Science is unequivocal about the urgent need for a radical change in the way we produce and consume food. Yet, the most influencing policy behind this is criticized for not stimulating and encouraging the necessary transition towards sustainable practices in the sector.
61 results found for "urban" ordered by most recent first
EU Member States recently published their National Recovery and Resilience Plans. These plans will form the basis of the lion’s share of EU spending to implement the European Green Deal, but cities have barely been consulted in drafting these plans.
IEEP, ISGlobal and Mental Health Europe are co-hosting an interactive online dialogue to discuss the nexus between the state of the environment and people’s mental health and how European policies and the COVID-19 recovery plans can mainstream them for people-centred and nature-based future.
Circular economy solutions have great potential to reduce greenhouse gas emissions. Many opportunities exist in the built environment, urban transport and the food sectors, and in other areas as well.
Under the European Green Deal, the EU has pledged to minimise its contribution to deforestation and forest degradation around the world and to promote the consumption of goods from deforestation-free supply chains. But what will that mean in practice?
This briefing explores how European policies and the COVID-19 recovery efforts can better reflect the impact of the natural environment on people's mental health
The COVID-19 pandemic has had a devastating impact on our health, social and economic well-being. To avert future crises from spiralling out of control, strategies to prevent pandemics need to be in place before the next outbreak occurs. Until now, this has not been the case.
Mental health and the environment: Environmental degradation's impact on mental health and wellbeing
This background paper reviews available scientific evidence on the correlation between the environment and people’s mental health and well-being in Europe, and identifies solutions for policymakers.
The COVID-19 crisis has led to major changes in Europeans’ consumption habits, but our planet’s resources are not infinite, and the way we consume them today is not sustainable.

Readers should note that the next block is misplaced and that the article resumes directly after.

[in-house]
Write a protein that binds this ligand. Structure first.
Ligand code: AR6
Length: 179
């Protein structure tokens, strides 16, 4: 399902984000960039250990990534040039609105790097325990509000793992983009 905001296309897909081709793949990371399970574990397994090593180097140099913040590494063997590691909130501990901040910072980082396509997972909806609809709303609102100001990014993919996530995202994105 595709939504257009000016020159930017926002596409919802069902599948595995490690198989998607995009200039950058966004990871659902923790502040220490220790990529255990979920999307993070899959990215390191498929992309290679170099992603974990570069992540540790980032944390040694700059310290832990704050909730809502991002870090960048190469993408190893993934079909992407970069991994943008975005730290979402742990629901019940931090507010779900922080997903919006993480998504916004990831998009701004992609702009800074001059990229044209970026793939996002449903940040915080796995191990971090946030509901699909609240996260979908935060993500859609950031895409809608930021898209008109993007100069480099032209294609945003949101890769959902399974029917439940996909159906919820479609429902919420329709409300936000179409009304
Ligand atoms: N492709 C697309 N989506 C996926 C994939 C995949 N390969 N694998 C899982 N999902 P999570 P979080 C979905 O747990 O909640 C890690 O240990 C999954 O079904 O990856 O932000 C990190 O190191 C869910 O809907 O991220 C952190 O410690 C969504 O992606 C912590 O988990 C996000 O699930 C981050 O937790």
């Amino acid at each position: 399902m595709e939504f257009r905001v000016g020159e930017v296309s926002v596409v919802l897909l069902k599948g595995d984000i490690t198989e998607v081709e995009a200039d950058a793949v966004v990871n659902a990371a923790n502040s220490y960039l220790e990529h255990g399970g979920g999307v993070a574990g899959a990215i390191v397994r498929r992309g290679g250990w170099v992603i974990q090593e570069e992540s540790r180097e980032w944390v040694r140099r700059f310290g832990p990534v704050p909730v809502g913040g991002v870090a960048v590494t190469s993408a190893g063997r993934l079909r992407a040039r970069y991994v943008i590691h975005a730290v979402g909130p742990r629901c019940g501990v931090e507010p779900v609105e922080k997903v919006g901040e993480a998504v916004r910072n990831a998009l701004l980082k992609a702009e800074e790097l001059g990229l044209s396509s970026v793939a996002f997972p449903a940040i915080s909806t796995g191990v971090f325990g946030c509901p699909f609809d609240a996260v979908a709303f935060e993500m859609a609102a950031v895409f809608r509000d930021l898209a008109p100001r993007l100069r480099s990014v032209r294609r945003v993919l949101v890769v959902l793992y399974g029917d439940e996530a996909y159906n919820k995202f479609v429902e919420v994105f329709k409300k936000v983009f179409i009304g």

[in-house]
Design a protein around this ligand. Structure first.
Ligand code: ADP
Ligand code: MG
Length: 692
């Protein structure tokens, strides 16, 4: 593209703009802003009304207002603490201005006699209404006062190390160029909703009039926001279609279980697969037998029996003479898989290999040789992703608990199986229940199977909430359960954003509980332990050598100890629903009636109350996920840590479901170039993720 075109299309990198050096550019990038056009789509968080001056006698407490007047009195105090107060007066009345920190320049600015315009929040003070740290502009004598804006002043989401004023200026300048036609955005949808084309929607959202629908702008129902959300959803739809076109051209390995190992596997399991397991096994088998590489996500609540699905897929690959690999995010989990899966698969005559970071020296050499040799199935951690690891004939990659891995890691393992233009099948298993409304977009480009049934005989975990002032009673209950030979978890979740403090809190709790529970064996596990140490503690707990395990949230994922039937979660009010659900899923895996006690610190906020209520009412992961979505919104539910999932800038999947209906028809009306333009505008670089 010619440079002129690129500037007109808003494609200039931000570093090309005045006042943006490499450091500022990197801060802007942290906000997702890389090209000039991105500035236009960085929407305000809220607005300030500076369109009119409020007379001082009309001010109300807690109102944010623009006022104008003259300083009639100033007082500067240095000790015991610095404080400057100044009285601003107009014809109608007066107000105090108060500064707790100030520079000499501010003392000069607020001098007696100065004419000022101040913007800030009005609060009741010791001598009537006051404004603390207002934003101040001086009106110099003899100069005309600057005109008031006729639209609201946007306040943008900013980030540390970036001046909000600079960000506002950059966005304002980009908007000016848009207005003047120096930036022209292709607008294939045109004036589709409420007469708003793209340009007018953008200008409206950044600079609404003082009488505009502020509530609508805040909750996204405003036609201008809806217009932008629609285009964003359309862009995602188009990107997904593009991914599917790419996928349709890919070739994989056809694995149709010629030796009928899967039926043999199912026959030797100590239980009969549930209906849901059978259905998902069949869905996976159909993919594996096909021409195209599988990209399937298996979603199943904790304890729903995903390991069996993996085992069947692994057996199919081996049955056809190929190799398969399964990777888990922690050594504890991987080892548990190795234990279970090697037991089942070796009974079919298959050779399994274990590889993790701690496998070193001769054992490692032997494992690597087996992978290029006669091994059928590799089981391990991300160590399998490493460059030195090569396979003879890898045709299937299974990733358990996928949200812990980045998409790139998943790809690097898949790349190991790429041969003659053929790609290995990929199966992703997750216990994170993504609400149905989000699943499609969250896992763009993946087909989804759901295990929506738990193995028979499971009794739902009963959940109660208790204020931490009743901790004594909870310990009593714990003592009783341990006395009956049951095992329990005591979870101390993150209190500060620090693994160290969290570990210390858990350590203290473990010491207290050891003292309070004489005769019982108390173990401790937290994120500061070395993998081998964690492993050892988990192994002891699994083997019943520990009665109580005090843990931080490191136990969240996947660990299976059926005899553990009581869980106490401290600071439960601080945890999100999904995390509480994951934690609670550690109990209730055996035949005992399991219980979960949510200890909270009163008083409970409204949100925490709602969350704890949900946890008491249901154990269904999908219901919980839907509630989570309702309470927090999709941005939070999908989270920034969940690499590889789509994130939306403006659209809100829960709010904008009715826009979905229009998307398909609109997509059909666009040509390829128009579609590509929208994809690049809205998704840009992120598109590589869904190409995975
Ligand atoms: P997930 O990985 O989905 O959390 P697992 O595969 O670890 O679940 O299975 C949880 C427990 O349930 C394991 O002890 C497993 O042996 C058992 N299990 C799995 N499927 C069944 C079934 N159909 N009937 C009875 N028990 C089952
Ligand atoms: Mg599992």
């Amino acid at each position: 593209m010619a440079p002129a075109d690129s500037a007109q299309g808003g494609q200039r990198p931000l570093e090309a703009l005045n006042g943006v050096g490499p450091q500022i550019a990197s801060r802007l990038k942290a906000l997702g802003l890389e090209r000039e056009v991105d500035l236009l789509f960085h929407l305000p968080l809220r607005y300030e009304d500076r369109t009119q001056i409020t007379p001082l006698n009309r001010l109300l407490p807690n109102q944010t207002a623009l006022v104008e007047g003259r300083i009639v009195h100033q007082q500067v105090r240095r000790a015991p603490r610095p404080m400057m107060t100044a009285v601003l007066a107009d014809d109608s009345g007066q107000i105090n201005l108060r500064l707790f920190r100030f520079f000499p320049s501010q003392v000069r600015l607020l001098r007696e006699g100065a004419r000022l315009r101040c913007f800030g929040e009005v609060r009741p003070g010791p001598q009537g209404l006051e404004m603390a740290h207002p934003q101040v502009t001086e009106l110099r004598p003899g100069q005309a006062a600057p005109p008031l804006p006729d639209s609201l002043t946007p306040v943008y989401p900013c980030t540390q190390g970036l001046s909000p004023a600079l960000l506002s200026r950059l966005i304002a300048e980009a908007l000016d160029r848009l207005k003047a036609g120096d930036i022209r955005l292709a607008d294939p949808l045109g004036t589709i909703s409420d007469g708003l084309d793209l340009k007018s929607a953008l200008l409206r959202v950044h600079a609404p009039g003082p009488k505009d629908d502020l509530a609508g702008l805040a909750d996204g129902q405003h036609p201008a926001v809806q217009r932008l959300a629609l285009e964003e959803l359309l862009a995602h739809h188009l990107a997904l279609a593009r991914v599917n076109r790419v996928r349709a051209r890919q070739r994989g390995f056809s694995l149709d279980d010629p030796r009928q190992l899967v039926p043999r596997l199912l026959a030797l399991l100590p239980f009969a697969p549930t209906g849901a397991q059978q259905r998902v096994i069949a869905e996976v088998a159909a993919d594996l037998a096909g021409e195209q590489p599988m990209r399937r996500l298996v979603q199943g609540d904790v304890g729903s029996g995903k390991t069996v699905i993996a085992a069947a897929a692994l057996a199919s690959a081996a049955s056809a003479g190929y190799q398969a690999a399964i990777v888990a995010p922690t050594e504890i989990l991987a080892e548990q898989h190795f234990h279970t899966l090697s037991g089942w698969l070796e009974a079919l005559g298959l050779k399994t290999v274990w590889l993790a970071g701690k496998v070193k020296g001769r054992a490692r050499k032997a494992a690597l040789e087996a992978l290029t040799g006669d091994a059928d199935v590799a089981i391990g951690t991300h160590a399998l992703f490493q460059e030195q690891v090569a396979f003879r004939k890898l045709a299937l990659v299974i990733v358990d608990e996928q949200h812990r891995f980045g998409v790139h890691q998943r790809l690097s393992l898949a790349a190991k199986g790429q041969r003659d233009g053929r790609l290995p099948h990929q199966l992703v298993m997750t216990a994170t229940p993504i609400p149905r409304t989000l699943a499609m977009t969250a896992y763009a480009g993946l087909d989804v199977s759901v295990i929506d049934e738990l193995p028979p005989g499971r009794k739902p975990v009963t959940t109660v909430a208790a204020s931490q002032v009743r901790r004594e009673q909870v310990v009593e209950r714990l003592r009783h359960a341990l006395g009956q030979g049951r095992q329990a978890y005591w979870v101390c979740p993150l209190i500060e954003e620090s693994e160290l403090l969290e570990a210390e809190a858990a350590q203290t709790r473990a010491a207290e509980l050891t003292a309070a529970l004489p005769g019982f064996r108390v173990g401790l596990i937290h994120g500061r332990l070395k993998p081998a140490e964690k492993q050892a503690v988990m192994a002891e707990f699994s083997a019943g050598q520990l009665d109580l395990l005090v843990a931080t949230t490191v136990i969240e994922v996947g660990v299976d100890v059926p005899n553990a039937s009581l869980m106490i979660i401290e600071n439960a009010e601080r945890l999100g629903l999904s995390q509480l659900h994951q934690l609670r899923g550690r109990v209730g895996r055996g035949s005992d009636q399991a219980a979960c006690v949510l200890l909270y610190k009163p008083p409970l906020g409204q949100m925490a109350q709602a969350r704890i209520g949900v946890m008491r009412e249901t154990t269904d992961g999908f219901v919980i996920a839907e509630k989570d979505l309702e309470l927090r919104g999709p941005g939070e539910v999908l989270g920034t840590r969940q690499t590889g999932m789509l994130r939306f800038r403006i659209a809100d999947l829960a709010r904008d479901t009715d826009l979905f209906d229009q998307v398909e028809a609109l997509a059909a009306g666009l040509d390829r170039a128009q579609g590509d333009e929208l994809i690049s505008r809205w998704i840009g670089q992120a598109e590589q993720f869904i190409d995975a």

We look back at October’s tumultuous CAP and biodiversity week and reflect on its implications for the achievement of the European Green Deal’s biodiversity objectives and the fresh EU commitments for an ambitious new global deal for nature.
The Horizon Europe mission on Soil Health and Food has set the ambitious target for 75% of soils in the EU to be healthy – within just 10 years. Here are five recommendations for achieving this.
The first in a series of three, this paper focuses on the rationale for the prioritisation of environment and climate goods and services from EU rural land, and gives some insight into how they might be incentivised.
The revised multiannual financial framework (MFF) and the recovery package announced by the European Commission include €55 billion of new funding for the cohesion policy, sending an important signal when the entire EU project is at risk due to clashing visions of what European solidarity means in the post-COVID-19 context.
The EU's new biodiversity strategy is an ambitious, constructive and coherent strategy that delivers on the commitment from the EU and its Member States to protect the living world and implement national strategies and action plans to achieve it.
The European Commission, in cooperation with the European Committee of the Regions, organised an EU Conference “Halting the loss of pollinators: the role of the EU agricultural and regional development policies” on 21 February.
The EU institutions have raised the stakes on biodiversity, but will the Green Deal deliver?
The EU has some of the highest levels of human development in the world. No member state, however, is currently guaranteeing the well-being of its citizens while also staying within planetary boundaries.
A Green Deal that puts nature at the heart of Europe's climate fight is urgently needed – and very well possible.
IEEP was an official partner of this year’s EU Green Week, with a session reflecting on the achievements of the outgoing Parliament and the priorities for the new one.
Leading up to IEEP's Think 2030 conference, experts express their views on Europe's most pressing sustainability issues in the Think 2030 blog series, Pathways to 2030.
The twelvth edition of Pathways to 2030 features Domingo Jiménez Beltrán, Member of IEEP's Strategic Advisory Board who discusses the concept of Connected Self-Sufficiency in the EU.